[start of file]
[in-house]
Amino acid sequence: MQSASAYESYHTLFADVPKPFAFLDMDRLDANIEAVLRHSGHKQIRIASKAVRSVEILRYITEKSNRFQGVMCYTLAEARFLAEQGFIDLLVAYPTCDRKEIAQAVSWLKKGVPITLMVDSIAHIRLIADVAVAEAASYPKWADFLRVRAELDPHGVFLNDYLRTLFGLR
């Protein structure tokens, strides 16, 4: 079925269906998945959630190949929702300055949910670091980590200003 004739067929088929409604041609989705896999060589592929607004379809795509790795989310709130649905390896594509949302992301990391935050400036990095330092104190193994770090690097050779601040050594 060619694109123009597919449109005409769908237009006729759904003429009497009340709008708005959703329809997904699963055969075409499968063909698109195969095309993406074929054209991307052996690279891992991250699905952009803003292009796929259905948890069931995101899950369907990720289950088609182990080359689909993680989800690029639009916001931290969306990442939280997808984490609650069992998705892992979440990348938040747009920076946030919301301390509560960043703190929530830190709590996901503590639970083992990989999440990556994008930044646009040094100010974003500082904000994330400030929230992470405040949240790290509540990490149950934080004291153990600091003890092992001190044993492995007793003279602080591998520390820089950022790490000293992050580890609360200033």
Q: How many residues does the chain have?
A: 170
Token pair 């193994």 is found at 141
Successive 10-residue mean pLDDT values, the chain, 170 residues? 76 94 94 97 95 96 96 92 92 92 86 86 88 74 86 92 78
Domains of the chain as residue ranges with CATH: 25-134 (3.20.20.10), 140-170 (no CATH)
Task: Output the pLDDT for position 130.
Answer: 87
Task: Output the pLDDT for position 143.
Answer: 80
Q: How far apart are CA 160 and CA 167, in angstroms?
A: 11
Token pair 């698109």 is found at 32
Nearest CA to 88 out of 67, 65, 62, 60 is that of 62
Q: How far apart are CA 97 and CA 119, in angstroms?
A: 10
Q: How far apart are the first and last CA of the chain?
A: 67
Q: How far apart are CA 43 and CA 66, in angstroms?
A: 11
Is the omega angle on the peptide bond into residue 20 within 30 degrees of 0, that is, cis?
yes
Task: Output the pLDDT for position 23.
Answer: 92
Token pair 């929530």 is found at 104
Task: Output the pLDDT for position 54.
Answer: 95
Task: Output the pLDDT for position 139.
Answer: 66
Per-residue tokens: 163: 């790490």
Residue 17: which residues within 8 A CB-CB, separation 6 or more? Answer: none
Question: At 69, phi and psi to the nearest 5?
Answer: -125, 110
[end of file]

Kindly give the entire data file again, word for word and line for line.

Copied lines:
[in-house]
Amino acid sequence: MQSASAYESYHTLFADVPKPFAFLDMDRLDANIEAVLRHSGHKQIRIASKAVRSVEILRYITEKSNRFQGVMCYTLAEARFLAEQGFIDLLVAYPTCDRKEIAQAVSWLKKGVPITLMVDSIAHIRLIADVAVAEAASYPKWADFLRVRAELDPHGVFLNDYLRTLFGLR
């Protein structure tokens, strides 16, 4: 079925269906998945959630190949929702300055949910670091980590200003 004739067929088929409604041609989705896999060589592929607004379809795509790795989310709130649905390896594509949302992301990391935050400036990095330092104190193994770090690097050779601040050594 060619694109123009597919449109005409769908237009006729759904003429009497009340709008708005959703329809997904699963055969075409499968063909698109195969095309993406074929054209991307052996690279891992991250699905952009803003292009796929259905948890069931995101899950369907990720289950088609182990080359689909993680989800690029639009916001931290969306990442939280997808984490609650069992998705892992979440990348938040747009920076946030919301301390509560960043703190929530830190709590996901503590639970083992990989999440990556994008930044646009040094100010974003500082904000994330400030929230992470405040949240790290509540990490149950934080004291153990600091003890092992001190044993492995007793003279602080591998520390820089950022790490000293992050580890609360200033």
Q: How many residues does the chain have?
A: 170
Token pair 């193994």 is found at 141
Successive 10-residue mean pLDDT values, the chain, 170 residues? 76 94 94 97 95 96 96 92 92 92 86 86 88 74 86 92 78
Domains of the chain as residue ranges with CATH: 25-134 (3.20.20.10), 140-170 (no CATH)
Task: Output the pLDDT for position 130.
Answer: 87
Task: Output the pLDDT for position 143.
Answer: 80
Q: How far apart are CA 160 and CA 167, in angstroms?
A: 11
Token pair 């698109």 is found at 32
Nearest CA to 88 out of 67, 65, 62, 60 is that of 62
Q: How far apart are CA 97 and CA 119, in angstroms?
A: 10
Q: How far apart are the first and last CA of the chain?
A: 67
Q: How far apart are CA 43 and CA 66, in angstroms?
A: 11
Is the omega angle on the peptide bond into residue 20 within 30 degrees of 0, that is, cis?
yes
Task: Output the pLDDT for position 23.
Answer: 92
Token pair 């929530």 is found at 104
Task: Output the pLDDT for position 54.
Answer: 95
Task: Output the pLDDT for position 139.
Answer: 66
Per-residue tokens: 163: 């790490």
Residue 17: which residues within 8 A CB-CB, separation 6 or more? Answer: none
Question: At 69, phi and psi to the nearest 5?
Answer: -125, 110